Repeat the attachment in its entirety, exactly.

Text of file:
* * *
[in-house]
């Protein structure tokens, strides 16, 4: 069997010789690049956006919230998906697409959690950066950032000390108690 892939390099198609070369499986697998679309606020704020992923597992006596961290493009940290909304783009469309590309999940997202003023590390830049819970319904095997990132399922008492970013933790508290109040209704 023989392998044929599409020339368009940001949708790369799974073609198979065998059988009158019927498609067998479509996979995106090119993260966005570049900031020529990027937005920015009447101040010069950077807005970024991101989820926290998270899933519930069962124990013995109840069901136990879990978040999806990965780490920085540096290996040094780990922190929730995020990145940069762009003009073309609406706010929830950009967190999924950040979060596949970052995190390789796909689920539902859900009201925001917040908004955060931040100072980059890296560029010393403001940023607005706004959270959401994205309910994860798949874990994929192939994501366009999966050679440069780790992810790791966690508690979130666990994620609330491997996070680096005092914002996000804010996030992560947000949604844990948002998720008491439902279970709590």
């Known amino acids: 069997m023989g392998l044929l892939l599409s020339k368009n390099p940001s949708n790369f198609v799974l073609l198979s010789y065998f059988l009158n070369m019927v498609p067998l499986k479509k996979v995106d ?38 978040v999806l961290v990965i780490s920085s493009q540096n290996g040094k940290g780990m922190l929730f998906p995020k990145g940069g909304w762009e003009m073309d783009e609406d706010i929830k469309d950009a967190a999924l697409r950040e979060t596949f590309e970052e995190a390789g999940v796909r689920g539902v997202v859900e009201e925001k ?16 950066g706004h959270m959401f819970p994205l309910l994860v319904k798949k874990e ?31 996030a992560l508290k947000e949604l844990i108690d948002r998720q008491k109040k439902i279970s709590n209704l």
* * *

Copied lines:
[in-house]
């Protein structure tokens, strides 16, 4: 069997010789690049956006919230998906697409959690950066950032000390108690 892939390099198609070369499986697998679309606020704020992923597992006596961290493009940290909304783009469309590309999940997202003023590390830049819970319904095997990132399922008492970013933790508290109040209704 023989392998044929599409020339368009940001949708790369799974073609198979065998059988009158019927498609067998479509996979995106090119993260966005570049900031020529990027937005920015009447101040010069950077807005970024991101989820926290998270899933519930069962124990013995109840069901136990879990978040999806990965780490920085540096290996040094780990922190929730995020990145940069762009003009073309609406706010929830950009967190999924950040979060596949970052995190390789796909689920539902859900009201925001917040908004955060931040100072980059890296560029010393403001940023607005706004959270959401994205309910994860798949874990994929192939994501366009999966050679440069780790992810790791966690508690979130666990994620609330491997996070680096005092914002996000804010996030992560947000949604844990948002998720008491439902279970709590």
């Known amino acids: 069997m023989g392998l044929l892939l599409s020339k368009n390099p940001s949708n790369f198609v799974l073609l198979s010789y065998f059988l009158n070369m019927v498609p067998l499986k479509k996979v995106d ?38 978040v999806l961290v990965i780490s920085s493009q540096n290996g040094k940290g780990m922190l929730f998906p995020k990145g940069g909304w762009e003009m073309d783009e609406d706010i929830k469309d950009a967190a999924l697409r950040e979060t596949f590309e970052e995190a390789g999940v796909r689920g539902v997202v859900e009201e925001k ?16 950066g706004h959270m959401f819970p994205l309910l994860v319904k798949k874990e ?31 996030a992560l508290k947000e949604l844990i108690d948002r998720q008491k109040k439902i279970s709590n209704l």